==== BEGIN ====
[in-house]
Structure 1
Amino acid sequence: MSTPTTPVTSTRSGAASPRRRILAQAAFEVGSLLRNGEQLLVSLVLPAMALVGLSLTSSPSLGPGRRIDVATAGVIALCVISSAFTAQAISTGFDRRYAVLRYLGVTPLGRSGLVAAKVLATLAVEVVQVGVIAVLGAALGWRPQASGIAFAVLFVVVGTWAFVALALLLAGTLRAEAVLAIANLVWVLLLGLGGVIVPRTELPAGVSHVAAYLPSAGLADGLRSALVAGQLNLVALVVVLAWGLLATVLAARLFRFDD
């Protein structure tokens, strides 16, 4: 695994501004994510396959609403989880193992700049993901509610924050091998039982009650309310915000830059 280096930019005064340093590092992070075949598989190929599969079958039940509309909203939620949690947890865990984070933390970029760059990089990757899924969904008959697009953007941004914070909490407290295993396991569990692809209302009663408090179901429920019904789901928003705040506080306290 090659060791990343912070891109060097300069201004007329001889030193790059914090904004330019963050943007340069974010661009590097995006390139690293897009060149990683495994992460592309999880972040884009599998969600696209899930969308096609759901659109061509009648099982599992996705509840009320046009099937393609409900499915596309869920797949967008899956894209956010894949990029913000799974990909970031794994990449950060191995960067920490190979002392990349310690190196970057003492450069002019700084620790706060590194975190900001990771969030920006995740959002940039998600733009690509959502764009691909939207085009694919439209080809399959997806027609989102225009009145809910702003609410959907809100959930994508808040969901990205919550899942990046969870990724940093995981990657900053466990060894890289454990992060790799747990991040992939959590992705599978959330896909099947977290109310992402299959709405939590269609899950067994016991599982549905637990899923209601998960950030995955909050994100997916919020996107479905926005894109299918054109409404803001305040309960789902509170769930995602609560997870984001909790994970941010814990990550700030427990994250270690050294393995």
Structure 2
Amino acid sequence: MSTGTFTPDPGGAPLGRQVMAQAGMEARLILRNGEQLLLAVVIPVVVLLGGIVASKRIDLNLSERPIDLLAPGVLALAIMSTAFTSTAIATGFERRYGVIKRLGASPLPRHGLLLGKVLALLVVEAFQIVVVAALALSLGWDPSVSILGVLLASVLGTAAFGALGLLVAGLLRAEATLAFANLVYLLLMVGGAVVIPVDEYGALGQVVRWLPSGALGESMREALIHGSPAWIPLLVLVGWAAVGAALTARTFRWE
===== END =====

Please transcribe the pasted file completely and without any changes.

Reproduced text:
[in-house]
Structure 1
Amino acid sequence: MSTPTTPVTSTRSGAASPRRRILAQAAFEVGSLLRNGEQLLVSLVLPAMALVGLSLTSSPSLGPGRRIDVATAGVIALCVISSAFTAQAISTGFDRRYAVLRYLGVTPLGRSGLVAAKVLATLAVEVVQVGVIAVLGAALGWRPQASGIAFAVLFVVVGTWAFVALALLLAGTLRAEAVLAIANLVWVLLLGLGGVIVPRTELPAGVSHVAAYLPSAGLADGLRSALVAGQLNLVALVVVLAWGLLATVLAARLFRFDD
């Protein structure tokens, strides 16, 4: 695994501004994510396959609403989880193992700049993901509610924050091998039982009650309310915000830059 280096930019005064340093590092992070075949598989190929599969079958039940509309909203939620949690947890865990984070933390970029760059990089990757899924969904008959697009953007941004914070909490407290295993396991569990692809209302009663408090179901429920019904789901928003705040506080306290 090659060791990343912070891109060097300069201004007329001889030193790059914090904004330019963050943007340069974010661009590097995006390139690293897009060149990683495994992460592309999880972040884009599998969600696209899930969308096609759901659109061509009648099982599992996705509840009320046009099937393609409900499915596309869920797949967008899956894209956010894949990029913000799974990909970031794994990449950060191995960067920490190979002392990349310690190196970057003492450069002019700084620790706060590194975190900001990771969030920006995740959002940039998600733009690509959502764009691909939207085009694919439209080809399959997806027609989102225009009145809910702003609410959907809100959930994508808040969901990205919550899942990046969870990724940093995981990657900053466990060894890289454990992060790799747990991040992939959590992705599978959330896909099947977290109310992402299959709405939590269609899950067994016991599982549905637990899923209601998960950030995955909050994100997916919020996107479905926005894109299918054109409404803001305040309960789902509170769930995602609560997870984001909790994970941010814990990550700030427990994250270690050294393995």
Structure 2
Amino acid sequence: MSTGTFTPDPGGAPLGRQVMAQAGMEARLILRNGEQLLLAVVIPVVVLLGGIVASKRIDLNLSERPIDLLAPGVLALAIMSTAFTSTAIATGFERRYGVIKRLGASPLPRHGLLLGKVLALLVVEAFQIVVVAALALSLGWDPSVSILGVLLASVLGTAAFGALGLLVAGLLRAEATLAFANLVYLLLMVGGAVVIPVDEYGALGQVVRWLPSGALGESMREALIHGSPAWIPLLVLVGWAAVGAALTARTFRWE